However, in a Scrum team going from “Dev Complete” to “Testing Complete” may require a “Release Management” phase, i.e. promoting code from DEV to TEST environments. On a Scrum team, between “Dev Complete” and “Testing Complete”, there may have been a phase to run a cursory or “smoke test” before going to “QA Approved.” This alternate DevOps SDLC process may not require a smoke test anymore due to the team’s composition. Long story short, it’s essential to get your process agreed to and implemented on the DevOps team Kanban board. Each column has a state, and the idea is to move Product Backlog Items (PBIs) from left to right and terminate at the “Closed” status.
Identifying and Removing Blockers
It’s all about keeping the momentum forward. If we cannot work on a Bug or User Story because we are Blocked for any reason, that is time wasted without progress. As a team, we should always be on the lookout for Blocking Issues that prevent our teammates or us from moving forward. Once identified, we aggressively look for ways to unblock ourselves or our teammates. The Kanban Board typically has a “Blocked” status column, so it’s very visible to the team once the PBI is indicated to be Blocked. Of course, the “Blocked” identification and remediation process is not limited to DevOps or Scrum teams.
The HOV Lane for Critical Production Issues
In some cases, changes to production code or configuration need to be dealt with by the DevOps team. These production issues that require “priority treatment”, e.g. Severity = Critical, may go in a “swimlane” on the Kanban board, which clearly articulates these Product Backlog Items (PBIs) are the top priority for the team (see figure above).
Definition of Done – Acceptance Criteria
As in Scrum ceremonies, the “Definition of Done” should be clearly articulated in the PBIs (i.e. user stories and Bugs). Sometimes the Definition of Done fits well in the “Acceptance Criteria” field of the PBI, i.e. these are the following things that need to appear in the code or surface on the UI to be accepted as “Closed” or “Done”.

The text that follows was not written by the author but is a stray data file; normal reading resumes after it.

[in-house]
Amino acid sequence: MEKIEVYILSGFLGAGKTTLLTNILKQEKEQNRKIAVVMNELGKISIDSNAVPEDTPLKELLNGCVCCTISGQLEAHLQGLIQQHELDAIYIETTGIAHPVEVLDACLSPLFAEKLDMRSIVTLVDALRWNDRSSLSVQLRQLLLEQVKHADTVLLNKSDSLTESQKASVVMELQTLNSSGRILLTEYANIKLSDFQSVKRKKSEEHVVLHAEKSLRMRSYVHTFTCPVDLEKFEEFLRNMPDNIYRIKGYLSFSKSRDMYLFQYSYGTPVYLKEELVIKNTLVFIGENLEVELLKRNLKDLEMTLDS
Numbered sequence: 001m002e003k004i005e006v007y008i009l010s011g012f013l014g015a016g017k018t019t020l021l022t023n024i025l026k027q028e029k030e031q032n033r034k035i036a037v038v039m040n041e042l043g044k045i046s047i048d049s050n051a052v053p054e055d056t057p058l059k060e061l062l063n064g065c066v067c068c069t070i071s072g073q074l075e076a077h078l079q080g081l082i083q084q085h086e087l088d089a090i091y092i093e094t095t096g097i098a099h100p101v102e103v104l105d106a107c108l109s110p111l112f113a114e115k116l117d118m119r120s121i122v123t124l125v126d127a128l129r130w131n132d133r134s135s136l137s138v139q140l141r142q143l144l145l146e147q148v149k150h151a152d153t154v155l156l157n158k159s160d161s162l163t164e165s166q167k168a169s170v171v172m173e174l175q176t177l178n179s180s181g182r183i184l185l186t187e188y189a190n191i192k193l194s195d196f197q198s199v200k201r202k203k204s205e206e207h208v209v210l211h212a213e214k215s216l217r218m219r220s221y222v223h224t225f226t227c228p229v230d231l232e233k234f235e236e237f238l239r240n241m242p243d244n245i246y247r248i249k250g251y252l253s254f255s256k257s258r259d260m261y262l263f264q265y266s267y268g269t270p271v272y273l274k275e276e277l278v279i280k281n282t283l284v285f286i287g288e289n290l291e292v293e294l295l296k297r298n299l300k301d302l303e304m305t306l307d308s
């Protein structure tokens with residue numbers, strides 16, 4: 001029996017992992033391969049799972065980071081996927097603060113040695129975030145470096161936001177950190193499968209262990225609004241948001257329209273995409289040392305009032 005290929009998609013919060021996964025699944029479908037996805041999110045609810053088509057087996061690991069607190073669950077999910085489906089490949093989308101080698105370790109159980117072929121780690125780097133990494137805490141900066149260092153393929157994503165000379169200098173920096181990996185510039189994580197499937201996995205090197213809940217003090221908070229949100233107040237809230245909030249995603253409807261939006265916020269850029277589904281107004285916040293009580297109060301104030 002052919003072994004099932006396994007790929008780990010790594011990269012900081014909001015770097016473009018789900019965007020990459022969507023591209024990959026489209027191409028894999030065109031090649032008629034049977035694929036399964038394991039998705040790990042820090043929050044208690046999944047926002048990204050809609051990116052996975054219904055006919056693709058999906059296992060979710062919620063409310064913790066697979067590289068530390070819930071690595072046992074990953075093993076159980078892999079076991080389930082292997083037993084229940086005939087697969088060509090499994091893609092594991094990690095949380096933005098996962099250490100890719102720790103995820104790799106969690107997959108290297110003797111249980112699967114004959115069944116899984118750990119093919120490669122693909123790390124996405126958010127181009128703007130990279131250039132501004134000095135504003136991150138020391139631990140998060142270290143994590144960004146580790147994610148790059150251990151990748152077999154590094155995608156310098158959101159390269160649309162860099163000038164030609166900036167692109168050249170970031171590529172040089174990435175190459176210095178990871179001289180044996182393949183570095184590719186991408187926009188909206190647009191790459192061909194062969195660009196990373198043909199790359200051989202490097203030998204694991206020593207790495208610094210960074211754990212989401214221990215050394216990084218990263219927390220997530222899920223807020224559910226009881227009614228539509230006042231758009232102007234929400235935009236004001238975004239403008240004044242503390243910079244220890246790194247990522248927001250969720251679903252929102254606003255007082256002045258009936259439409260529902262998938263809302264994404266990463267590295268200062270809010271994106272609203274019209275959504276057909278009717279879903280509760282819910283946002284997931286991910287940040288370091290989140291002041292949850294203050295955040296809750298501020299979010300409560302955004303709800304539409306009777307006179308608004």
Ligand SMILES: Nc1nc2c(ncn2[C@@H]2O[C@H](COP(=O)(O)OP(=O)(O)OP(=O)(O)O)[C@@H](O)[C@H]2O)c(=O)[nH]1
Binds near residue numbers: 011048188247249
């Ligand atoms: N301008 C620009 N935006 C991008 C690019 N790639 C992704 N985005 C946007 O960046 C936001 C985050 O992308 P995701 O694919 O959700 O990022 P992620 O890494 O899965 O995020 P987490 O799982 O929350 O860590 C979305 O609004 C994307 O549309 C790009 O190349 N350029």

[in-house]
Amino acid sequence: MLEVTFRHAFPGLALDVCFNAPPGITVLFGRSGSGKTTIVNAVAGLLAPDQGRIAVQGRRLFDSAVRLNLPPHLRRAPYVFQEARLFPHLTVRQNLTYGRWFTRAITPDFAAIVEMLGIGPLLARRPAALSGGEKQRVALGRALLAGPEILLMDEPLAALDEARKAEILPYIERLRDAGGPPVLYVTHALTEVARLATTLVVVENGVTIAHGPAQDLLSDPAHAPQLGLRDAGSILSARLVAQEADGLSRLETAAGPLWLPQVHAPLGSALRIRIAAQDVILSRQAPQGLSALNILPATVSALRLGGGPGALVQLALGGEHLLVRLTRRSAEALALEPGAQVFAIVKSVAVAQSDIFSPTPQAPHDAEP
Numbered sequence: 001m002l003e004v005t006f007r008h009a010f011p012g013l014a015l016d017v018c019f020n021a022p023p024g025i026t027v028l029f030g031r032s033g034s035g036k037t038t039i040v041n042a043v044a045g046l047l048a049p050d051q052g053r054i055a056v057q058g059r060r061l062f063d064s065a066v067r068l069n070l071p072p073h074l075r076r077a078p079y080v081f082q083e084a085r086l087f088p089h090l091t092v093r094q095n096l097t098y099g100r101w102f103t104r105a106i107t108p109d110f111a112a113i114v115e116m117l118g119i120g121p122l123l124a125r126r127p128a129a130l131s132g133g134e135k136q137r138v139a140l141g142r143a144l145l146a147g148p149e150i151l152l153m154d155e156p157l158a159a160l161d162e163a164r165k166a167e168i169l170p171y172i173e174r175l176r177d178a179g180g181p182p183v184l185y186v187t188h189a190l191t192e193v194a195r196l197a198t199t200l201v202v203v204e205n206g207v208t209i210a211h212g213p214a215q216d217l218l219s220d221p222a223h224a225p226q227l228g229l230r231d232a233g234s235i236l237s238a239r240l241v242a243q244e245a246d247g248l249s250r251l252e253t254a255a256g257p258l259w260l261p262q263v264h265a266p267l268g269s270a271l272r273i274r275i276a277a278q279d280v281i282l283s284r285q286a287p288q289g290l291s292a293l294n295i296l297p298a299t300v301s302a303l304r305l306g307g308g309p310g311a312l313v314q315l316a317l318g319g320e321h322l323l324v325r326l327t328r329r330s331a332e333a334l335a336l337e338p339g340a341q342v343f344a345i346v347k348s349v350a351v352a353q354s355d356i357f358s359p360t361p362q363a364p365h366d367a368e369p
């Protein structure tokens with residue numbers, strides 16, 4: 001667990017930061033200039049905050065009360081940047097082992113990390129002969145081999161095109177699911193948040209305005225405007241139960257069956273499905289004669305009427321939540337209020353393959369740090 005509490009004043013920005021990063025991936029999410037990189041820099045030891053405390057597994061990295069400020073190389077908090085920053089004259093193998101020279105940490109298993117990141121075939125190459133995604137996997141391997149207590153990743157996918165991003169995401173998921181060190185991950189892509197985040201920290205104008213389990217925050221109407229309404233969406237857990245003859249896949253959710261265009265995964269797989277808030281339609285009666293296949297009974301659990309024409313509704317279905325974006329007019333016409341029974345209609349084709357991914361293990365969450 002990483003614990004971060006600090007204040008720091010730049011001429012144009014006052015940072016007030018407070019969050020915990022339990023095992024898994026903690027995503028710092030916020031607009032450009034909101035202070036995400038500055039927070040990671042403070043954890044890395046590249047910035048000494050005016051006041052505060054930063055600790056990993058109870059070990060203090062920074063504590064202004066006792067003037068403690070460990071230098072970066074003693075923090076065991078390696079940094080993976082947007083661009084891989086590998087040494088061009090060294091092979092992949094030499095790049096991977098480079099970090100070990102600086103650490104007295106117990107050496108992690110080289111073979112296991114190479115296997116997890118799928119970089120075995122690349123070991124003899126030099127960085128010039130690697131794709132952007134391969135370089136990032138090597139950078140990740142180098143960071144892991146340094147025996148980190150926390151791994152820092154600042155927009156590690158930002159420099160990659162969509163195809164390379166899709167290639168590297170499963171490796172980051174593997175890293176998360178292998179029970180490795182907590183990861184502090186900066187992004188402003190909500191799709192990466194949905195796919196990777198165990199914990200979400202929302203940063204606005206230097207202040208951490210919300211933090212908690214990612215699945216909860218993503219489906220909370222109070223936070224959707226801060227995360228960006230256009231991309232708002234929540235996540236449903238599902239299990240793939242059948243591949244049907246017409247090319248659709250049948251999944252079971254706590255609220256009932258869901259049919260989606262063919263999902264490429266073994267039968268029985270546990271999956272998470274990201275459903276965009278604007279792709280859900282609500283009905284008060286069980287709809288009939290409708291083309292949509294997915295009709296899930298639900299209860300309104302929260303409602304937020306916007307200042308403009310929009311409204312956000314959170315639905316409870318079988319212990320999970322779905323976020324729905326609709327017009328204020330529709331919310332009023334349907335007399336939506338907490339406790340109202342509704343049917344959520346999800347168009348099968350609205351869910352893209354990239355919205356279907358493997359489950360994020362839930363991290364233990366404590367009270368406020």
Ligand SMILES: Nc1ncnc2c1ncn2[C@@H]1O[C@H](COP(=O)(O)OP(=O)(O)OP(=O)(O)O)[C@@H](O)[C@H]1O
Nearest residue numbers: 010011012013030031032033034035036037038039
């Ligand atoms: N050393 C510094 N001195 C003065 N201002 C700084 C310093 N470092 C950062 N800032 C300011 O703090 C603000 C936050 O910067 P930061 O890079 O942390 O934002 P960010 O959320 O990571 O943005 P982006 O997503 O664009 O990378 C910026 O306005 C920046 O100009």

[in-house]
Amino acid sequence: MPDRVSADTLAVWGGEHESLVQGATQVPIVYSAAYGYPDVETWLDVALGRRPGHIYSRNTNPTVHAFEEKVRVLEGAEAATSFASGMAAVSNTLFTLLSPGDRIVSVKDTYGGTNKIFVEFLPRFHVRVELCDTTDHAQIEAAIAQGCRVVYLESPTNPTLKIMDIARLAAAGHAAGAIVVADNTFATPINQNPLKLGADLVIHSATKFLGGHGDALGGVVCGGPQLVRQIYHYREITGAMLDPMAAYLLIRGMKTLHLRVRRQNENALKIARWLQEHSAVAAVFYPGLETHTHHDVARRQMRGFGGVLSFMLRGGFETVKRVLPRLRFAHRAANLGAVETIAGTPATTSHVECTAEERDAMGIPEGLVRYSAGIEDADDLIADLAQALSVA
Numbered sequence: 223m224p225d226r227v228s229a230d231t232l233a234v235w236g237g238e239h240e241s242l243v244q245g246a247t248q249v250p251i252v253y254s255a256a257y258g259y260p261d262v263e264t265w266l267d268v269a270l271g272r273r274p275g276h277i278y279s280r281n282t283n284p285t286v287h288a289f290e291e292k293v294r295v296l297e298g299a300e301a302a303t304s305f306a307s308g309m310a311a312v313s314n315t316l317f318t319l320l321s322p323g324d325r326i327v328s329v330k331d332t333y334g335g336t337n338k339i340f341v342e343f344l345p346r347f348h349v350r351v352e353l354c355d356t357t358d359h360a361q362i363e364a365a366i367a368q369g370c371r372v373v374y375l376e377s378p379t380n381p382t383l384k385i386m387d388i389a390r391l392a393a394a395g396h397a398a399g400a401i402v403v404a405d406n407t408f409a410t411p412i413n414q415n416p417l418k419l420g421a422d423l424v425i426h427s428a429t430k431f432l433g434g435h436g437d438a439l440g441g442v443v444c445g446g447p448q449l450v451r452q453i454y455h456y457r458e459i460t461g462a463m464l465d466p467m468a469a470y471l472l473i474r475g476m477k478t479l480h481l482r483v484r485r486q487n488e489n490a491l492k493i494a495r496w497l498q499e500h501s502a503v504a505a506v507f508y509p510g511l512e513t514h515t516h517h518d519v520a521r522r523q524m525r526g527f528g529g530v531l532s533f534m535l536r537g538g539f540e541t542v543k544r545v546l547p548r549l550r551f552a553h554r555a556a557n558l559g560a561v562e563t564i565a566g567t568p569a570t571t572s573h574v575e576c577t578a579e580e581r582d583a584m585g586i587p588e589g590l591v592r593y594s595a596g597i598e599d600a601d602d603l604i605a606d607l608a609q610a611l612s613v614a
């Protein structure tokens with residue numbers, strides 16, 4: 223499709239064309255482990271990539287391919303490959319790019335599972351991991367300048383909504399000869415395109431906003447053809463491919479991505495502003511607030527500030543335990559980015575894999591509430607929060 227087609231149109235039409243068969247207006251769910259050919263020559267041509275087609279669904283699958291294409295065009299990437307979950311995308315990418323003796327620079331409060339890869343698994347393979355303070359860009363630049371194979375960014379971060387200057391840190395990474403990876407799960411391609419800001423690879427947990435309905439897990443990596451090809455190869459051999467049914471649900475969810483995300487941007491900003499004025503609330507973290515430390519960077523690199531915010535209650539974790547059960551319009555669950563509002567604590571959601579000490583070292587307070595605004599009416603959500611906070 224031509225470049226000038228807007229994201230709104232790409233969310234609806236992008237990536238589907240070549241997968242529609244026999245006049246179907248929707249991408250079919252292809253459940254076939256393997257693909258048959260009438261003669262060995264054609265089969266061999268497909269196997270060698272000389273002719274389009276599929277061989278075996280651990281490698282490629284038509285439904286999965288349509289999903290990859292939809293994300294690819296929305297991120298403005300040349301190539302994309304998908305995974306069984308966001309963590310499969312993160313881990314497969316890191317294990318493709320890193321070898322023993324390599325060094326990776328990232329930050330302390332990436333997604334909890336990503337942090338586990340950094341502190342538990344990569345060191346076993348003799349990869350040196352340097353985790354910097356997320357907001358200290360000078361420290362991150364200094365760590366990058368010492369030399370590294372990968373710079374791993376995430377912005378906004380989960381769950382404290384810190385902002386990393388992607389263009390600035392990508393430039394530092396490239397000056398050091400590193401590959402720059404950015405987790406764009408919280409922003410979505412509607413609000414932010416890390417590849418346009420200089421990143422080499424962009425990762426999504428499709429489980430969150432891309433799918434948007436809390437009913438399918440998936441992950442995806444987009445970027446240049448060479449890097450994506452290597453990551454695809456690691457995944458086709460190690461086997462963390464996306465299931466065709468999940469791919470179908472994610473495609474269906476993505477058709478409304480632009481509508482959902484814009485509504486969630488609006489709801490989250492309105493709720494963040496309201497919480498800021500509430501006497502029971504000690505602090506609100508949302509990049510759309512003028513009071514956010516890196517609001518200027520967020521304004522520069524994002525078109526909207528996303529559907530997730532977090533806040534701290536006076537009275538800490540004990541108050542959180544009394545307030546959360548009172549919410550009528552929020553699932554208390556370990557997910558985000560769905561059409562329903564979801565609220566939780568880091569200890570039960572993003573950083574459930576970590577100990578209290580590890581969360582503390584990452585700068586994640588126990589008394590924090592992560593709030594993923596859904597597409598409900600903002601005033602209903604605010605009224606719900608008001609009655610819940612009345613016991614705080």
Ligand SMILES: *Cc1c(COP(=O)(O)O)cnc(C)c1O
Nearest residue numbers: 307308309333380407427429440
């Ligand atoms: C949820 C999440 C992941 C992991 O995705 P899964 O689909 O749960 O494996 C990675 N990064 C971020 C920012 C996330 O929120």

Work in Progress (WIP) Limits
On some teams, there is a concern about “workflow blockage” at any given state in the SDLC process. For example, there could be 20 PBIs in the “In Progress” state for three DevOps team members. This could be identified as excessive and trying to do too much simultaneously. It also may contribute to confusion on the current state of any given work item. Some Kanban Board tools allow you to apply WIP limits so you cannot add more work items to a given status on the board. It also could be done using a standard paper Kanban board.
If two separate teams are transitioning the work, documentation may be vital in the successful transition and ongoing product maintenance. Many agile teams are lighter on documentation and trust the product speaks for itself. Best case, user stories have been created that cover the team producing/updating a functional specification doc and a wireframe collection. The most probable situation is we have a pristine set of Features and associated User Stories. Each of the User Stories clearly articulates a description and, most importantly, “Acceptance Criteria.” that may be used for the development and validation of the functionality of the system. User Stories can be derived for knowledge transfer documentation.